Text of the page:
Israeli army chief says he doubts Iran will build a nuclear weapon
In an interview with Haaretz, Israel Defense Forces Chief of Staff Benny Gantz acknowledged the threat of a nuclear Iran but said Tehran wasn't likely to go there, citing its 'rational' leadership.
It's springtime and a young man's fancy turns, yet again, toward thoughts of war with Iran.
But the normally reticent boss of the Israel Defense Forces has just poured cold water on this eventuality. Lt. Gen. Benny Gantz told Israeli newspaper Haaretz in an interview marking that nation's independence day that he doubts Iran is currently seeking a nuclear weapon or that they will eventually decide to pursue one.
To be sure, he insists that a theoretical nuclear weapon in the hands of Iran would be disastrous to Israel and its regional standing, and said he was preparing a credible military option, which he says is crucial for Israel's security.
But he appears to talk the threat of war down from the boiling point, contradicting the rhetoric of Israeli Prime Minister Benjamin Netanyahu.
Gantz, who has considerable sway over national policy, proposes that Iran's nuclear program, which the Islamic Republic insists is for peaceful purposes only, is designed to improve the nation's know-how and materials to the point where it could theoretically build a bomb, if it so chooses.
Iran "is going step-by-step to the place where it will be able to decide whether to manufacture a nuclear bomb. It hasn't yet decided whether to go the extra mile," he said.
He suggests that won't happen soon, particularly since in his estimation Iran's program remains vulnerable to external attack."The program is too vulnerable, in Iran's view," he told Haaretz. "If the supreme religious leader Ayatollah Ali Khamenei wants, he will advance it to the acquisition of a nuclear bomb, but the decision must first be taken. It will happen if Khamenei judges that he is invulnerable to a response. I believe he would be making an enormous mistake, and I don't think he will want to go the extra mile. I think the Iranian leadership is composed of very rational people. But I agree that such a capability, in the hands of Islamic fundamentalists who at particular moments could make different calculations, is dangerous."
To summarize: Gantz is very worried, the mere possession of an Iranian "break out" capacity is alarming to Israel, and a ruling elite could some day rise in Iran that wouldn't act as rationally as he judges the current leadership core to be. But with an Israeli attack certain to close all diplomatic roads, and with a lack of certainty that such a move would succeed, it appears it wouldn't be wise for Israel to attack any time soon.
Reading the tea leaves, Gantz does not seem as enthusiastic for war as Mr. Netanyahu. "His language is far from the dramatic rhetoric of Prime Minister Benjamin Netanyahu, and is usually free of the Holocaust comparisons of which Israeli politicians are so fond," writes Amos Harel, in his writeup of Gantz's comments.
His view of the Iranian regime as "rational" echoes comments by Joint Chiefs Chairman Gen. Martin Dempsey this March, in which he likewise described the Iran as a "rational actor," which drew howls of complaint from some American hawks. Presidential hopeful Newt Gingrich, for instance, said, "I can't imagine why [Dempsey] would say that," framing Iranian President Mahmoud Ahmadinejad as a "dictator who said he wants to eliminate Israel from the face of the earth."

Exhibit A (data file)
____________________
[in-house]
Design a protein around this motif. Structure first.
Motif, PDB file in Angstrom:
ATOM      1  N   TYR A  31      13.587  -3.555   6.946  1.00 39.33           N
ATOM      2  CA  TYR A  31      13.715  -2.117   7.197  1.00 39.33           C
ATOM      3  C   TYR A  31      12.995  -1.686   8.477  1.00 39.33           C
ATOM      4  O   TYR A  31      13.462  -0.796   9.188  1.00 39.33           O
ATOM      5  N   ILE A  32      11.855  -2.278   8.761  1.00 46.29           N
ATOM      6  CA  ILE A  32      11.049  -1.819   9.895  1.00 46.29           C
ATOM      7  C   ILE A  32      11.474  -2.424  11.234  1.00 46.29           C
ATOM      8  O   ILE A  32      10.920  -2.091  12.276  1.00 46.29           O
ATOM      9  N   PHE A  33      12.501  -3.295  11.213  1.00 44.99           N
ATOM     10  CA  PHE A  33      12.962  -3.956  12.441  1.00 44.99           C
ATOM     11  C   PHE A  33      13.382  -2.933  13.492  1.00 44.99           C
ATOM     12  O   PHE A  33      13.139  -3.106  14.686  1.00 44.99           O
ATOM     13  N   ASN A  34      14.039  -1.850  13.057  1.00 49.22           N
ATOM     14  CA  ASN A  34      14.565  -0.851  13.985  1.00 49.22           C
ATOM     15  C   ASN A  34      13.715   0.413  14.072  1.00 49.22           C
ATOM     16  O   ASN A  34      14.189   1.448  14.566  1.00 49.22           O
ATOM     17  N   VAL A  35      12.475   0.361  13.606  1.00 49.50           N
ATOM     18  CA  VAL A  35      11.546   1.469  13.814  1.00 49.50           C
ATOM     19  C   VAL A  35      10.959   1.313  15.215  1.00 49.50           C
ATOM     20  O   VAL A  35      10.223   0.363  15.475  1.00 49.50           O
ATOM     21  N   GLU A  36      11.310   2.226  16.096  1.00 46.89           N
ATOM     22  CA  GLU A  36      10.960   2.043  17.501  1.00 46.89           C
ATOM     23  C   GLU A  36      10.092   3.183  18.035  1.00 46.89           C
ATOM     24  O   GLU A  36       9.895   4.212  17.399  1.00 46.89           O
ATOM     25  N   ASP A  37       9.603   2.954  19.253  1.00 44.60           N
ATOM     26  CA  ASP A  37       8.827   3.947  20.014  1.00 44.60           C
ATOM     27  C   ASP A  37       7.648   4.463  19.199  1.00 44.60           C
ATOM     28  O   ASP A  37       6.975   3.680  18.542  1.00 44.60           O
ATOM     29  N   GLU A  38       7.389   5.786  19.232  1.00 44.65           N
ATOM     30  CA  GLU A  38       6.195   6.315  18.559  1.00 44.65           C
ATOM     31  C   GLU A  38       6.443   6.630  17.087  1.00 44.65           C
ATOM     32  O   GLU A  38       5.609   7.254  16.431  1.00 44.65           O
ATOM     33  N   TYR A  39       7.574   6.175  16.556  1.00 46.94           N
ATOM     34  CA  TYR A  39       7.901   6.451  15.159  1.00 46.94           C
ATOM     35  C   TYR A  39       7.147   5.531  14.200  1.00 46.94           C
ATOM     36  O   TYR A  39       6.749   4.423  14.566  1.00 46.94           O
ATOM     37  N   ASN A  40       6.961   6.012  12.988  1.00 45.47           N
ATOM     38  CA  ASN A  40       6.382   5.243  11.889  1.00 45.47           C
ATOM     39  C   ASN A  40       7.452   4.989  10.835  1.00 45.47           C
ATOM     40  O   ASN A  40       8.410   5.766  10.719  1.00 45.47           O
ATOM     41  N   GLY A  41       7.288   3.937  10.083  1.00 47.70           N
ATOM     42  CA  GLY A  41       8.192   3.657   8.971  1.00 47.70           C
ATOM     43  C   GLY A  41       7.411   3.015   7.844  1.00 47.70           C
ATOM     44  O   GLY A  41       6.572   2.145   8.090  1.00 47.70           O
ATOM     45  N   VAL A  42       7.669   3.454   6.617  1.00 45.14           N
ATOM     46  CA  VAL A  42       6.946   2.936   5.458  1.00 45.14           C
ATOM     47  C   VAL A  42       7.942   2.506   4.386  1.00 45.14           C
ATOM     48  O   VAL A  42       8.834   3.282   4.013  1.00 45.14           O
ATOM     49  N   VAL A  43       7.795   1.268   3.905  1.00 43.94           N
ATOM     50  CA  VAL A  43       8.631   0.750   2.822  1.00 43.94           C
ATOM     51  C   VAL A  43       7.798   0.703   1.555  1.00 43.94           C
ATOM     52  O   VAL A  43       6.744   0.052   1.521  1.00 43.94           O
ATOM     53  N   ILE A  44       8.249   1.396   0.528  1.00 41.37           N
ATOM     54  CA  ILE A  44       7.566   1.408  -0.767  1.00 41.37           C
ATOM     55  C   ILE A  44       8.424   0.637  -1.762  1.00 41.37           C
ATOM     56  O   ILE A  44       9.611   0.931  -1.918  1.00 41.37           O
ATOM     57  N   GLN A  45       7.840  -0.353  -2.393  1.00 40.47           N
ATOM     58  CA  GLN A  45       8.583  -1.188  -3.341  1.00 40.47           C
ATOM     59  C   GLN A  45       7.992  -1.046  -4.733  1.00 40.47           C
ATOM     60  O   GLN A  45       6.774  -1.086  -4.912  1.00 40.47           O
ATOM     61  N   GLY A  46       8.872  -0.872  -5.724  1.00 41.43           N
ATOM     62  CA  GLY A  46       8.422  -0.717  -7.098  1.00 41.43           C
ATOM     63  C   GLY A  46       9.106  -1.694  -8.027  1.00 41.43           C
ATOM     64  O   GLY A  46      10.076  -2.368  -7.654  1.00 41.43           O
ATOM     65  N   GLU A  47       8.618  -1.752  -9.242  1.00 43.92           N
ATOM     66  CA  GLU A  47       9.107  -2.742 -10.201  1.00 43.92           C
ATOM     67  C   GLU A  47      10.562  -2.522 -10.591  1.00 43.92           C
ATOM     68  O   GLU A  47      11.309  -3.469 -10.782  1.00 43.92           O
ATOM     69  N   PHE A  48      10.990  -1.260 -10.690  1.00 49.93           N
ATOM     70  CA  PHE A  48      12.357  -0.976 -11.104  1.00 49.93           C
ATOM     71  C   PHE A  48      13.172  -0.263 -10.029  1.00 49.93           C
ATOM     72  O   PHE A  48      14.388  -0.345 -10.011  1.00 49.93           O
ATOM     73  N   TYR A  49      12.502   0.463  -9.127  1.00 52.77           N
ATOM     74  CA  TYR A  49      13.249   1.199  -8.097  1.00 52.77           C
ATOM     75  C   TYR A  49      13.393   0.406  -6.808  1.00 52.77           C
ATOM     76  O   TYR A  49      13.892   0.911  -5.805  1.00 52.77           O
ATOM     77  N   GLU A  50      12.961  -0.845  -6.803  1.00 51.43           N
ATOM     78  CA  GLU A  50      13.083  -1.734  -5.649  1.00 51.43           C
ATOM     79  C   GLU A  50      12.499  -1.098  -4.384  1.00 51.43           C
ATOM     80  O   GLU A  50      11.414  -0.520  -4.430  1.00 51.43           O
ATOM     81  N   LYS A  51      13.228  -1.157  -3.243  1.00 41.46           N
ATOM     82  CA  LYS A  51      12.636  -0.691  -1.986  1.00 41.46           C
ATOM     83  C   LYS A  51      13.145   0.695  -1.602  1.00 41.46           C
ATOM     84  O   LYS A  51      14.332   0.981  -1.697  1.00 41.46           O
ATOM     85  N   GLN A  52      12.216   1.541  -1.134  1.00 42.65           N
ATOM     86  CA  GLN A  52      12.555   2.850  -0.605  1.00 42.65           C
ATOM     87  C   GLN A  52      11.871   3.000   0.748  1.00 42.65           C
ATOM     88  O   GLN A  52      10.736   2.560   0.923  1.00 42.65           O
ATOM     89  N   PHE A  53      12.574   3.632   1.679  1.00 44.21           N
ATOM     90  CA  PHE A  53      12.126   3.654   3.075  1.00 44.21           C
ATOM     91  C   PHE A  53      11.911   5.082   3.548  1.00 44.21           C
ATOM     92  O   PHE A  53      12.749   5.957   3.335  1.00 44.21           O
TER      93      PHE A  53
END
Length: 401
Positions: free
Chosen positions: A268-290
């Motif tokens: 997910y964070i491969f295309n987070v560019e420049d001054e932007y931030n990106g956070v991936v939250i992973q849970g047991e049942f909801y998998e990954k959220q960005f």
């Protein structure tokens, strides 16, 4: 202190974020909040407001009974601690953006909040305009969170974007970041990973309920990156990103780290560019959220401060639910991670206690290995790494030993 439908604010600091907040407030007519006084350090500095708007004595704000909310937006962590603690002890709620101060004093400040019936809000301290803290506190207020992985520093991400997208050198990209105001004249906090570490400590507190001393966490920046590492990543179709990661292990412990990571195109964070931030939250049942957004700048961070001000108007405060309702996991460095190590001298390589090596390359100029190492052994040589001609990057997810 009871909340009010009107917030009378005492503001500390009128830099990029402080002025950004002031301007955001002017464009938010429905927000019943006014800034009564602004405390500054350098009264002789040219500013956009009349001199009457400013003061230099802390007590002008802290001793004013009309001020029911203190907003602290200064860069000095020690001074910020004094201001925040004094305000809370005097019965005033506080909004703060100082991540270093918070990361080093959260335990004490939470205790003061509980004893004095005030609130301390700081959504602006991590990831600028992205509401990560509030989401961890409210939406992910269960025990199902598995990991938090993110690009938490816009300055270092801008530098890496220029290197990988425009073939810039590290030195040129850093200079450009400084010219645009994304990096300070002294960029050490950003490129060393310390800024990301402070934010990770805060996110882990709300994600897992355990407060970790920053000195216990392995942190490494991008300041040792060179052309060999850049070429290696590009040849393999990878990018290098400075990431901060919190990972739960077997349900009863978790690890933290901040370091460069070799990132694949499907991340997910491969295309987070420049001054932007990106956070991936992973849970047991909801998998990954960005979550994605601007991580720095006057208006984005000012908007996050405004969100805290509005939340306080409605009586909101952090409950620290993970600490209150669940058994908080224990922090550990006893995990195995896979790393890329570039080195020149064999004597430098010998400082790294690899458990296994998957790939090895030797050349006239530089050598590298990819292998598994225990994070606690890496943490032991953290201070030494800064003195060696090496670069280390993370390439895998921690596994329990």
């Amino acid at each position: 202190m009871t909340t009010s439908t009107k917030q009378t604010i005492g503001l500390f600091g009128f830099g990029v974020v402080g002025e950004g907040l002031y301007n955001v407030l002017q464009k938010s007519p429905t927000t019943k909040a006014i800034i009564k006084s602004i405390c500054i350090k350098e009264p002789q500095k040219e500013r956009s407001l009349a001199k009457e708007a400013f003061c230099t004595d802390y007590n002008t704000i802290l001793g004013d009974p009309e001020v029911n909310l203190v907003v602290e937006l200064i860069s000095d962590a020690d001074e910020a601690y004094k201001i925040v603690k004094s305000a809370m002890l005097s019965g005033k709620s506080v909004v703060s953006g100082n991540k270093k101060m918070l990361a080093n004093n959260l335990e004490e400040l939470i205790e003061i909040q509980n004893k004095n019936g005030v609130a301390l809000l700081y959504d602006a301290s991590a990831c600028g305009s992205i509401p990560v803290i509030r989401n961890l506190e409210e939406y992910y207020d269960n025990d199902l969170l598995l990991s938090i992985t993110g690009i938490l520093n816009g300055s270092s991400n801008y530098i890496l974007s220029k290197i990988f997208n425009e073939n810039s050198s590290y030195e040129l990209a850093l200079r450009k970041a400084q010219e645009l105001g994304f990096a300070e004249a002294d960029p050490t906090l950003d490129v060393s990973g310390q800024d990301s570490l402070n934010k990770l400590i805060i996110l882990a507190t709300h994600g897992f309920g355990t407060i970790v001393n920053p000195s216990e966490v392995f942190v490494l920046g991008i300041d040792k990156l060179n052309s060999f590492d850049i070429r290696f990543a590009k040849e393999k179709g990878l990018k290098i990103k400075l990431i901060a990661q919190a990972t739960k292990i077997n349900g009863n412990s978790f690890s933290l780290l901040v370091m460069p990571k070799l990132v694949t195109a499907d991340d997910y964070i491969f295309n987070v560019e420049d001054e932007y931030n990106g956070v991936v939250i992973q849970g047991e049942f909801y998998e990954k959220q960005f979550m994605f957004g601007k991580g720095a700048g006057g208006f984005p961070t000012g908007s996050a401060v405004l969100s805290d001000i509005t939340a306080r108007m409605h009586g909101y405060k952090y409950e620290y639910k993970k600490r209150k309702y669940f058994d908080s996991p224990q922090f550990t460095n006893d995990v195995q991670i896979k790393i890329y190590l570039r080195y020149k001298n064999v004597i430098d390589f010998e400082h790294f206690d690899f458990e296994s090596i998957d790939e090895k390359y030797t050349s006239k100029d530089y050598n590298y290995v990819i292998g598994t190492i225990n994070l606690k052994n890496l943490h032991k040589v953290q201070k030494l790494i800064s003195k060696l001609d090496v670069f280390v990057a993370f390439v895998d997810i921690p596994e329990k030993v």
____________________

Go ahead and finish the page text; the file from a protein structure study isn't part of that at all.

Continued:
This statement is frequently attributed to Ahmadinejad in the West, but scholars say it stems from a mistranslation and exaggeration of the president's words.
Gantz also told Haaretz that Israel faces a new array of military threats, as a consequence of regional upheaval:
"I don't know what will happen in Syria, but presumably the Golan Heights won't be as quiet as before. I cannot remove Syria from the military equation, nor Lebanon. I assume that if there are terror threats from the Golan or Lebanon I'll have to take action. I cannot do everything by 'stand-off' [remote]. The enemy's fire capabilities have developed at every distance, four or five times what they were in the Second Lebanon War and four or five times compared to the Gaza Strip before Operation Cast Lead, not to mention the new ground-to-air missile in Syria."
I personally have long been skeptical that Israel will attack Iran unilaterally, mostly because it would be a risky operation at great distance, against an array of widely dispersed targets, that could possibly lead to missile barrages on the home front from the likes of Hezbollah. Others, many with far more military and regional expertise than I, have worried that an attack is more likely, particularly judging by the alarmist rhetoric of Netanyahu and some of those around him.
Gantz's comments are the latest indications that senior Israeli military officers, who wield great sway over national policy, are not as sanguine about war as Netanyahu is. Meir Javedanfar, an Iranian-Israeli political analyst and author of "The Nuclear Sphynx of Tehran," a biography of Iranian President Mahmoud Ahmadinejad, writes on Twitter that the general's statement that he doubts Iran will seek the bomb "clearly contradicts and undermines" Netanyahu.
Still, some predictors of war soldier on. The Atlantic's Jeffrey Goldberg wrote in late 2010 that there was a 50 percent chance that Israel would attack Iran by July of 2011. This March, Mr. Goldberg allowed that perhaps all the tough talk from Israel (tough talk he's transmitted as fact, relying on unidentified sources) was a form of posturing by Netanyahu's government. Then a few weeks he ago, he upped the DEFCON level again, suggesting June 2012 is a "possible" time when Israel will unilaterally attack Iran.
Not, it seems, if Benny Gantz has any say in the matter.
This article was edited after first posting to correct the spelling of Gen. Gantz' name.